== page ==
After making the sauce I added one large, peeled and chopped eggplant and one large bunch chard. Stems of the chard removed and leaves cut into ribbons. Cook for 20 minutes more until the eggplant is soft.

Recipe adapted from Mark Bittman


1 3/4 cup roasted chickpea flour, recipe here.
2 tsp. baking powder
1/2 tsp. salt
1 large egg
1 1/2 cups lukewarm milk
1/3 cup melted butter or vegetable oil

Preheat waffle iron while you make the batter. Whisk together the flour, baking powder, and salt.

In a separate bowl, whisk together the egg, milk, and butter or oil.

Mix together the wet and dry ingredients, stirring just until combined.

Pour batter into waffle iron and cook until brown.

Makes 8 waffle boats or 3 1/2 round Belgian-style waffles.

This makes a savory waffle, for a sweeter waffle add 2 TBSP. sugar to the dry ingredients.

You can find the original  recipe here on Lena's blog.

Sunday, June 10, 2012


When was the last time you took a whiff of flour and said WOW this smells great? You will if you roast your own chickpeas (aka garbanzo beans) and grind it into flour. Roasting the beans gives a rich nutty flavor to the flour and it's gluten free.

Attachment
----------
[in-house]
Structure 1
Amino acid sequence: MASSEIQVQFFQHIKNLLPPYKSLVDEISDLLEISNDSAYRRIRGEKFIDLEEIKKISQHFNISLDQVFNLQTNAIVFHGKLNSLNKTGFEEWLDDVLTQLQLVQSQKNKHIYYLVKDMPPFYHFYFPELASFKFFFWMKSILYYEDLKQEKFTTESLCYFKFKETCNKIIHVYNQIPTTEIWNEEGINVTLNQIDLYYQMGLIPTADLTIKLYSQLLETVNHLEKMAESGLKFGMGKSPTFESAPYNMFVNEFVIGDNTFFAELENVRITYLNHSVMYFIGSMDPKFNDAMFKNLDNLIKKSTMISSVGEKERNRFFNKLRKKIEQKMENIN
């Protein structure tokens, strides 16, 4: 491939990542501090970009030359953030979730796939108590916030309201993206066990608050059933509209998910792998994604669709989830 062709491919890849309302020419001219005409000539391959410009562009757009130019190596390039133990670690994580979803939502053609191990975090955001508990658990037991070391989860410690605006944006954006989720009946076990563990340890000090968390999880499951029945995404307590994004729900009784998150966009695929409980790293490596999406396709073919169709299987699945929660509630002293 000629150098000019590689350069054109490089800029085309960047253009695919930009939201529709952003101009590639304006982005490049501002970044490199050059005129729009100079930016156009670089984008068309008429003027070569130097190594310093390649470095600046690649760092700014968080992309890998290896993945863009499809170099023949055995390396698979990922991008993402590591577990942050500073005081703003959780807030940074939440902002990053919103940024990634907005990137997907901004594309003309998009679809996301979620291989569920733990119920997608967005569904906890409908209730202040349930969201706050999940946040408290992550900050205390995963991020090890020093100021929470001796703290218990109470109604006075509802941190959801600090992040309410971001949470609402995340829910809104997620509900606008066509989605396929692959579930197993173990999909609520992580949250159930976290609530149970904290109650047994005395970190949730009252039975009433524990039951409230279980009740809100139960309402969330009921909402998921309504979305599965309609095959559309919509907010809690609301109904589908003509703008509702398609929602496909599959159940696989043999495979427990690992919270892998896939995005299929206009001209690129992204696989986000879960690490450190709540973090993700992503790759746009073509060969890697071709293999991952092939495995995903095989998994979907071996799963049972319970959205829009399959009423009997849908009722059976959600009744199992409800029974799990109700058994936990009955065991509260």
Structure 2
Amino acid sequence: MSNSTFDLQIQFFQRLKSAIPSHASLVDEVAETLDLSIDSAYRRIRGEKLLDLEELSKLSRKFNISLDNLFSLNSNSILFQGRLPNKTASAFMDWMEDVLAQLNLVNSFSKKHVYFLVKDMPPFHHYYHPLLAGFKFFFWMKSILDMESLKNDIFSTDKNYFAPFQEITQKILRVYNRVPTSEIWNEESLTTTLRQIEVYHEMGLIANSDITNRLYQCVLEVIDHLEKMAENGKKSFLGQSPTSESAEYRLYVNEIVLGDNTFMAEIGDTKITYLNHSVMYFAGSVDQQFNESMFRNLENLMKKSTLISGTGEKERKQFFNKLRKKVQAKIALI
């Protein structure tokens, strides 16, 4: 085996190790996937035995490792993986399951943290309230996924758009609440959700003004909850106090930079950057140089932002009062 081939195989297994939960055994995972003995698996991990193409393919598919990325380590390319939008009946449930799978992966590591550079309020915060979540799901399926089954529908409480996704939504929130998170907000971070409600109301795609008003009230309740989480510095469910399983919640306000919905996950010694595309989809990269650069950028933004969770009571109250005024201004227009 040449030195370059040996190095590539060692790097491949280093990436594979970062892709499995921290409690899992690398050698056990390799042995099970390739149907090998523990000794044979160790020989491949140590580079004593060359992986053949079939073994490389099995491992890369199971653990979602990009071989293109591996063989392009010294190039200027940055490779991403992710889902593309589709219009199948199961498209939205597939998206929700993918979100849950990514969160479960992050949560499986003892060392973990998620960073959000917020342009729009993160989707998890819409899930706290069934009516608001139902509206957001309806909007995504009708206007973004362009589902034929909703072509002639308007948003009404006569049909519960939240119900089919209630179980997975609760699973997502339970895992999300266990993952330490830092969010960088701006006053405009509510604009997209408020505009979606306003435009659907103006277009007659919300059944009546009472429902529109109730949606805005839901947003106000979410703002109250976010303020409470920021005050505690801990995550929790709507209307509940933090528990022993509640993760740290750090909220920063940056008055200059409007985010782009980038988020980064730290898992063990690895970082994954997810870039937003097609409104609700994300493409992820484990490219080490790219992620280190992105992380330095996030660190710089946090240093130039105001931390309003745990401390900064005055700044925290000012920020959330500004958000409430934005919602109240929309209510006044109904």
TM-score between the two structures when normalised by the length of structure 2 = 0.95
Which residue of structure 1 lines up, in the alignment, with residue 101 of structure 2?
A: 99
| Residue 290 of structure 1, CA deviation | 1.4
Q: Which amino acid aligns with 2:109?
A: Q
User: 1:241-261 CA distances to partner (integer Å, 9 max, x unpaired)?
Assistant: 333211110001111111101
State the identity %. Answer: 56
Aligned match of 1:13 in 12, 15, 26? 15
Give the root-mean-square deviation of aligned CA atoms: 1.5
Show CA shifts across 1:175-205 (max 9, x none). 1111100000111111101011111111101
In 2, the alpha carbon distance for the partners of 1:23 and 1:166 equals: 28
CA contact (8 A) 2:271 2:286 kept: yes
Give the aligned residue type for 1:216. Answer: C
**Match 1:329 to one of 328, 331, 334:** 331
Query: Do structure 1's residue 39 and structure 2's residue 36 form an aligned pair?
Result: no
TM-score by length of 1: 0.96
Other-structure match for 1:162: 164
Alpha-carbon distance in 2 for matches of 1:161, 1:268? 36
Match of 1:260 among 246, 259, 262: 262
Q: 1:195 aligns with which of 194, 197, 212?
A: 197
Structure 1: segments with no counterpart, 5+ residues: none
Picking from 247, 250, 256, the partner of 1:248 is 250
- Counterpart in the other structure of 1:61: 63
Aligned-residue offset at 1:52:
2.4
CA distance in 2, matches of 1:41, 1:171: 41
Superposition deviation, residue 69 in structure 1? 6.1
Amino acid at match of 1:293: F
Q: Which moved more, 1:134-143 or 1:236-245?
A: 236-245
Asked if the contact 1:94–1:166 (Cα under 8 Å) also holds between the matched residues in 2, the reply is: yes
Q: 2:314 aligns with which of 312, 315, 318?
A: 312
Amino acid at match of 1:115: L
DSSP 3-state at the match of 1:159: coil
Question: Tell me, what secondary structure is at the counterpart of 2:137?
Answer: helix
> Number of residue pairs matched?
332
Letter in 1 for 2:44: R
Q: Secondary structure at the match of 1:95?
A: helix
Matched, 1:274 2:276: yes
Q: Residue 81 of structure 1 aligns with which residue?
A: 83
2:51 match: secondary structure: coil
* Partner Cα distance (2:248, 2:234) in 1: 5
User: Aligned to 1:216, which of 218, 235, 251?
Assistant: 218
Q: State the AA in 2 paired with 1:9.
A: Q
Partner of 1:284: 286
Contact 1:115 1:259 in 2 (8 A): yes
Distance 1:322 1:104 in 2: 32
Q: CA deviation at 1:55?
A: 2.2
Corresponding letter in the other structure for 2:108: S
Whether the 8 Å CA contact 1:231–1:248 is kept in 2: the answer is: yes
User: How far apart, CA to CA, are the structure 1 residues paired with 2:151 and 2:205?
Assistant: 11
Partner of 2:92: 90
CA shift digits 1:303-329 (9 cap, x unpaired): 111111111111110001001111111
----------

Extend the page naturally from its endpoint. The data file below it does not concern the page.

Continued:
Start with some dry garbanzo beans.

Roast them  in the oven at 400~ for 15-20 minutes or until the beans start to give off a toasted aroma and are lightly browned. When cool, transfer to a food processor, spice grinder, or powerful blender (I used the dry blender of the Vitamix) and blend for 2-3 minutes until a powdery flour forms.

Run through a sieve to remove any large particles.
Store in a sealed container until ready to use.

You can find this flour already ground in Asian and Middle Eastern markets and some health food stores however it is usually raw and not toasted. Toasting the beans makes a huge difference in flavor.

I used this flour to make a savory batter.

And turned it into waffle boats.